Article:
Foreign, Spy | European countries are hunting Russian spies
A number of revelations in recent years have shown that Europe’s fear of centrally located Russian spies has been well-founded, and with the war in Ukraine, the hunt for them has stepped up.
Earlier this month, two Iranian-born brothers in Sweden, Peyman (42) and Payam Kia (35), were found guilty of spying for Russia’s military intelligence service GRU.
Peyman Kia was previously employed in the Swedish Security Police (Säpo) and was then given a highly trusted position in Sweden’s Military Intelligence and Security Service (Must). There he was associated with the most secret department The office for special collection (KSI), which, among other things, handles agents abroad.
Ever since 2011, he and his younger brother supplied the GRU with top secret information for a fee, and the sentence was life imprisonment. Payam Kia was sentenced to just under ten years in prison. Both pleaded not guilty.
Top Russian spy caught in Berlin
Sweden is not the only country in Europe that has uncovered centrally located Russian spies in its own ranks recently. In December, German police arrested a suspected double agent in the Bundesnachrichtendienst (BND), the country’s foreign intelligence service.
German media identify him as Carsten L., and according to the country’s attorney general, he has «transferred information, which he has obtained to weigh through his professional activity, to the Russian intelligence service».
A month earlier, a 66-year-old reserve officer in the German defense was found guilty of spying for Russia, not for money, but for ideological reasons. Ralf G. confessed during interrogation and escaped with a suspended prison sentence.
Just a few days ago, German police arrested a suspected Russian spy, Arthur E. who also has the job for the BND and who must have collaborated with Carsten L.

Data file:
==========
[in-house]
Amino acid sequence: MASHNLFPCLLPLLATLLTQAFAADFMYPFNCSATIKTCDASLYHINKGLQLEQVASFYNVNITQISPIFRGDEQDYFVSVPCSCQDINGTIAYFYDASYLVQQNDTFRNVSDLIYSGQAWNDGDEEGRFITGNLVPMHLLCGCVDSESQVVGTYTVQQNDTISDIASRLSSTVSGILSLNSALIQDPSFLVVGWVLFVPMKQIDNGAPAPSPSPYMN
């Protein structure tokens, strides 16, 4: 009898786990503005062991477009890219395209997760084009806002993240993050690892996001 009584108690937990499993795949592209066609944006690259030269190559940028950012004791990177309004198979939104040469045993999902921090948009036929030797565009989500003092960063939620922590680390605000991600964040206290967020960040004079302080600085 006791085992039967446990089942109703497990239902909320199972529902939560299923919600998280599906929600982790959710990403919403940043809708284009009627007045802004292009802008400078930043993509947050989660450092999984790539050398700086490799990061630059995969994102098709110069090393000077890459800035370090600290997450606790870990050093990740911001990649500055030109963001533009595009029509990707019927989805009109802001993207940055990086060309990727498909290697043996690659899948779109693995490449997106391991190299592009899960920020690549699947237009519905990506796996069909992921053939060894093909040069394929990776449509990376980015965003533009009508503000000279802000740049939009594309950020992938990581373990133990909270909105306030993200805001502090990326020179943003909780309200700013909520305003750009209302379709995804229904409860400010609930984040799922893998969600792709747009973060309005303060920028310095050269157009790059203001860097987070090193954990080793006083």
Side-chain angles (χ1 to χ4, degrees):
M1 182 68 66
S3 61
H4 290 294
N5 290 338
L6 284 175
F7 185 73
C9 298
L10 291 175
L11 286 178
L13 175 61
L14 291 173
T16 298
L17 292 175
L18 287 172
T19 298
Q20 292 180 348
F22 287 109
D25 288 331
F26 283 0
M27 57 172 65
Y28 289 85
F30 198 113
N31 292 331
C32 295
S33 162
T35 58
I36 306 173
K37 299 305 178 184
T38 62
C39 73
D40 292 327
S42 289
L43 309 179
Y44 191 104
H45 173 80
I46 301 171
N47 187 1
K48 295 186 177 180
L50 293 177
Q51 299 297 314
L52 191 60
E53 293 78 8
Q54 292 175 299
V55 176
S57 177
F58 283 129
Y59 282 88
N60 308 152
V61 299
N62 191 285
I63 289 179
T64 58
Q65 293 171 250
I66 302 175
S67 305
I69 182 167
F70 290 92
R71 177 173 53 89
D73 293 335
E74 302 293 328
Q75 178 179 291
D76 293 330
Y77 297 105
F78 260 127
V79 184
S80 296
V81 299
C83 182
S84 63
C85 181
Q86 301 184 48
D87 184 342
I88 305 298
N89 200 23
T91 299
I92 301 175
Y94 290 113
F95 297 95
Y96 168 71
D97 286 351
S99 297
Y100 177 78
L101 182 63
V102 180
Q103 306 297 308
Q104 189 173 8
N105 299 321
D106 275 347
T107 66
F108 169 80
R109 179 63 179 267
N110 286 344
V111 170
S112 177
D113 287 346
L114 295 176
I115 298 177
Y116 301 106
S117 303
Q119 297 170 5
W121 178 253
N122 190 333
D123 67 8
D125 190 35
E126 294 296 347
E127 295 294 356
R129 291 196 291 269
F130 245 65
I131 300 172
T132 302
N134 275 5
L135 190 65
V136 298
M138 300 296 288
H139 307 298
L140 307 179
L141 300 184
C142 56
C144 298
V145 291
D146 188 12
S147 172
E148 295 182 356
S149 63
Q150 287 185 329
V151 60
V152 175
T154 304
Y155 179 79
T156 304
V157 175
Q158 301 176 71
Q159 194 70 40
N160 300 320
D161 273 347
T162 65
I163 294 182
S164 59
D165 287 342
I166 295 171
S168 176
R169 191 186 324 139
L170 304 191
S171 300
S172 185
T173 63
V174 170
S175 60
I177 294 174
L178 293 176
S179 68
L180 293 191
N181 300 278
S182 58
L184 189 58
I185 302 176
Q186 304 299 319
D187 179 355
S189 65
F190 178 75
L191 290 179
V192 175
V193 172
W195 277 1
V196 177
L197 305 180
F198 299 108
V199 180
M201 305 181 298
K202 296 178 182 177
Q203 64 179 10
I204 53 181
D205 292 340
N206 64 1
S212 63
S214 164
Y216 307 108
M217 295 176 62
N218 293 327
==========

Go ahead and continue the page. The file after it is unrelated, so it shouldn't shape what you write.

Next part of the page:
PST must be where the threat actors are
Last March, a captain on the staff of Italy’s chief of defense was arrested in a parking lot on the outskirts of Rome. Then he was in the process of handing over a commemorative stick to a Russian military attaché. On it turned out to be pictures of 181 classified documents, 47 of them classified NATO documents and nine labeled top secret.
Walter Biot was allegedly promised just over 50,000 kroner for the documents. His wife told in an interview with newspaper Corriere della Sera that the family was mired in debt and in desperate need of money.
Spy case shakes the Swedes: The arrest in a dramatic police operation
In Britain, a 58-year-old security guard at the country’s embassy in Berlin admitted last autumn to having supplied Russian intelligence with classified information for almost a year.
David Smith confessed to the interrogation of the film’s embassy security systems and also provided the Russian contact with detailed information about everything that worked there, including British intelligence personnel. He risks up to 14 years in prison.
The spy case in Stockholm: Russian couple arrested after ten years
The security service in Bulgaria rolled out in March 2021 opp en Russian spy ring.
A former high-ranking officer in the country’s military intelligence service was designated as the leader, and five former and current officers in the Bulgarian defense must have given the GRU classified information, including about Nato.
Iranian-born brothers in Sweden deny having spied for the GRU